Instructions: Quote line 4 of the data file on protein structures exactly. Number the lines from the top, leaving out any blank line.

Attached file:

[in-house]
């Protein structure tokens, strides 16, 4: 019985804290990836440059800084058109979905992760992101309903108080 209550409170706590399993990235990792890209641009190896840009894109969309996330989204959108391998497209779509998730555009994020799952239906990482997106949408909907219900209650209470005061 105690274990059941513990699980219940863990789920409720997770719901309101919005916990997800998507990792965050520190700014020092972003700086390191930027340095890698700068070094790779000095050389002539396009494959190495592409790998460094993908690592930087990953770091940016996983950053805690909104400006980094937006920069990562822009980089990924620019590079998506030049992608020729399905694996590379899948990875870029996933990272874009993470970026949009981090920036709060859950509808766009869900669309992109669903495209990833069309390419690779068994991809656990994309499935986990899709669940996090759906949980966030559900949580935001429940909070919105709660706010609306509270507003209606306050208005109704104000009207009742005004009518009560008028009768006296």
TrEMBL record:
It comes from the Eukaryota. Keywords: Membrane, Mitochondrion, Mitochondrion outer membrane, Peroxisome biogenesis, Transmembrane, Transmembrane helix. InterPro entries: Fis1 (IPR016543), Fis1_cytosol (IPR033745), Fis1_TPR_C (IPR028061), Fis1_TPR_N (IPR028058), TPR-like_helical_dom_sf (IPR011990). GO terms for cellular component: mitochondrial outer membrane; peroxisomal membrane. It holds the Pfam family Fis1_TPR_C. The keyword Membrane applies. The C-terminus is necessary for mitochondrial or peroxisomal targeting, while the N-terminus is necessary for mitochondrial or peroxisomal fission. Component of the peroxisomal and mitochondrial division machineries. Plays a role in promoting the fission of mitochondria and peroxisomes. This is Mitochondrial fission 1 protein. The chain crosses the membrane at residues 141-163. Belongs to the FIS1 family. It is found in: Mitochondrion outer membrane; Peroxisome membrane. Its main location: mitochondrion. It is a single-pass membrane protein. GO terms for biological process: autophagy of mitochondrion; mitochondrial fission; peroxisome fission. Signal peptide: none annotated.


It comes from the Eukaryota. Keywords: Membrane, Mitochondrion, Mitochondrion outer membrane, Peroxisome biogenesis, Transmembrane, Transmembrane helix. InterPro entries: Fis1 (IPR016543), Fis1_cytosol (IPR033745), Fis1_TPR_C (IPR028061), Fis1_TPR_N (IPR028058), TPR-like_helical_dom_sf (IPR011990). GO terms for cellular component: mitochondrial outer membrane; peroxisomal membrane. It holds the Pfam family Fis1_TPR_C. The keyword Membrane applies. The C-terminus is necessary for mitochondrial or peroxisomal targeting, while the N-terminus is necessary for mitochondrial or peroxisomal fission. Component of the peroxisomal and mitochondrial division machineries. Plays a role in promoting the fission of mitochondria and peroxisomes. This is Mitochondrial fission 1 protein. The chain crosses the membrane at residues 141-163. Belongs to the FIS1 family. It is found in: Mitochondrion outer membrane; Peroxisome membrane. Its main location: mitochondrion. It is a single-pass membrane protein. GO terms for biological process: autophagy of mitochondrion; mitochondrial fission; peroxisome fission. Signal peptide: none annotated.